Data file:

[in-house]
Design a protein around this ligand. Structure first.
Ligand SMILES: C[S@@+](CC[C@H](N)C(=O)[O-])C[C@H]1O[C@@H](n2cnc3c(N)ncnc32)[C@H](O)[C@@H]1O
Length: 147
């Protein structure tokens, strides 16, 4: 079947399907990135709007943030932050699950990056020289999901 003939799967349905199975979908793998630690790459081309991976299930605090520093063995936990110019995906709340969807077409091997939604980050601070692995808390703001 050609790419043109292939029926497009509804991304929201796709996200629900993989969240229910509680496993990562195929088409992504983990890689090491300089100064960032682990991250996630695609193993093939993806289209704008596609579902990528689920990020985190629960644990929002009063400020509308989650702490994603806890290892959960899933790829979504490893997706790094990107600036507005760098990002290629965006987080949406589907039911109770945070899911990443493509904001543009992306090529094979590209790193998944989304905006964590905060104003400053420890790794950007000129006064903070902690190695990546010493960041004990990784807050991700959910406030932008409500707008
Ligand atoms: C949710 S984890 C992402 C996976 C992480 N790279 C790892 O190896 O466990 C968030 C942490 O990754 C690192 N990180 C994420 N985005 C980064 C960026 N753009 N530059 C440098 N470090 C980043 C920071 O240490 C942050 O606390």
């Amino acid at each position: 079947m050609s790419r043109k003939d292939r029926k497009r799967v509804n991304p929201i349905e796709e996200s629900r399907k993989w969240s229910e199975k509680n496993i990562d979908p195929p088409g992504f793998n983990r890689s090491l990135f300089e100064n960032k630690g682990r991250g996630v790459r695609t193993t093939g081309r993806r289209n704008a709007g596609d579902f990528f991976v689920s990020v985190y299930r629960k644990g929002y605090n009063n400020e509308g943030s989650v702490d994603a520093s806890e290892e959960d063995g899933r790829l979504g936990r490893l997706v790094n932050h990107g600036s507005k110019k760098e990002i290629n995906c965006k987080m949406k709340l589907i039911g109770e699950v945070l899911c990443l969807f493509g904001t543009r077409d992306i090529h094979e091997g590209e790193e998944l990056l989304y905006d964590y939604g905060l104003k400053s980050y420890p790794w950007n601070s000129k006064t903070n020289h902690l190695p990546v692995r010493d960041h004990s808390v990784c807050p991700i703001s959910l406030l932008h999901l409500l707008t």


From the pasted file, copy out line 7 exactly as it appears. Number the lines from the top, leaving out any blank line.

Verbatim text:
């Amino acid at each position: 079947m050609s790419r043109k003939d292939r029926k497009r799967v509804n991304p929201i349905e796709e996200s629900r399907k993989w969240s229910e199975k509680n496993i990562d979908p195929p088409g992504f793998n983990r890689s090491l990135f300089e100064n960032k630690g682990r991250g996630v790459r695609t193993t093939g081309r993806r289209n704008a709007g596609d579902f990528f991976v689920s990020v985190y299930r629960k644990g929002y605090n009063n400020e509308g943030s989650v702490d994603a520093s806890e290892e959960d063995g899933r790829l979504g936990r490893l997706v790094n932050h990107g600036s507005k110019k760098e990002i290629n995906c965006k987080m949406k709340l589907i039911g109770e699950v945070l899911c990443l969807f493509g904001t543009r077409d992306i090529h094979e091997g590209e790193e998944l990056l989304y905006d964590y939604g905060l104003k400053s980050y420890p790794w950007n601070s000129k006064t903070n020289h902690l190695p990546v692995r010493d960041h004990s808390v990784c807050p991700i703001s959910l406030l932008h999901l409500l707008t």